Welding is the most used assembling process for industrial structures. The weld is a heterogeneous zone considered as a « hot spot ». Indeed, the heat transferred to the assembly during welding induces phase change, introduces residual stresses and strains and changes the local geometry.
Although welding produces high resistance assembly, stress concentration, defects, heterogeneous microstructure and residual stresses can lead to fatigue cracks.
Our research activities focus on the numerical and experimental study of the physics of welding. We develop finite element models of the arc plasma, the weld pool and the workpiece to understand the influence of the welding parameters on the weld properties. For example, we have studied the effect of pulsed current or alternate gas distribution of helium and argon on the weld shape and heat transfers. We have also studied the effect of gravity on the weld dissymmetry. The development of thermomechanical and metallurgical constitutive models and their numerical integration, the development of efficient steady and transient algorithms, allowed us to predict the residual stresses in welding.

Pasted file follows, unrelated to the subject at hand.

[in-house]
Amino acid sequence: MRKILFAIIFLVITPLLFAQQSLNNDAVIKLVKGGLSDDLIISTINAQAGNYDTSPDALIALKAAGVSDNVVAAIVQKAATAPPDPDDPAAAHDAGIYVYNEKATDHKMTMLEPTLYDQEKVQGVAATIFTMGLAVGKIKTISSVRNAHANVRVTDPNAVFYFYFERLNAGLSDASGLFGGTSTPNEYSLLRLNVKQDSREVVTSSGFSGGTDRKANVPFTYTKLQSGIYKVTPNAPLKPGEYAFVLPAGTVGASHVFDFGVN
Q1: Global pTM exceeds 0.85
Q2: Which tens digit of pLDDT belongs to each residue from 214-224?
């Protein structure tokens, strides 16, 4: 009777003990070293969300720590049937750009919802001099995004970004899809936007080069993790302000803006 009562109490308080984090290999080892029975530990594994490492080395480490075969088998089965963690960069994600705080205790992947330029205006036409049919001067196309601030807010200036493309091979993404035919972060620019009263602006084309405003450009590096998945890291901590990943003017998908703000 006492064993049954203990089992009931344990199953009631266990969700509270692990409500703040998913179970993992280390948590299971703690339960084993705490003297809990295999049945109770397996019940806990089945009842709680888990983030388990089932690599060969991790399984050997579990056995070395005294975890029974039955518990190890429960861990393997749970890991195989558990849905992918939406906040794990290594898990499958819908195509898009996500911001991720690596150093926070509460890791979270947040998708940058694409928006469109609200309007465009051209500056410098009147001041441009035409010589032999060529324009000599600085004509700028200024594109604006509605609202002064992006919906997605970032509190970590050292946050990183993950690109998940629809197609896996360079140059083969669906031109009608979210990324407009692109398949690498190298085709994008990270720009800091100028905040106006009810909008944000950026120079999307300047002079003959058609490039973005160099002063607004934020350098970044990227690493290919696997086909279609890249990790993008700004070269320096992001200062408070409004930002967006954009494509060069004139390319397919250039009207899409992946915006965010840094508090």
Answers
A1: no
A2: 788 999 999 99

Our works are applied to several welding process and materials such as:
Our numerical approach is associated with experimental analysis. We use welding equipments to reproduce the operating parameters of our industrial partners, to make parametric studies, to observe the fusion zone with infrared or high speed CCD cameras. We have a Panasonic 6 axles welding robot with the possibility to weld in GTAW or GMAW mode, a GTAW Castolin welding generator, an infrared camera -40/2000°C and a high speed camera 1000 pictures/s with filters.
Mechanical testing equipments, a nanoindentation machine and microscopes help us to characterize the weld microstructure and the mechanical properties of the assembly.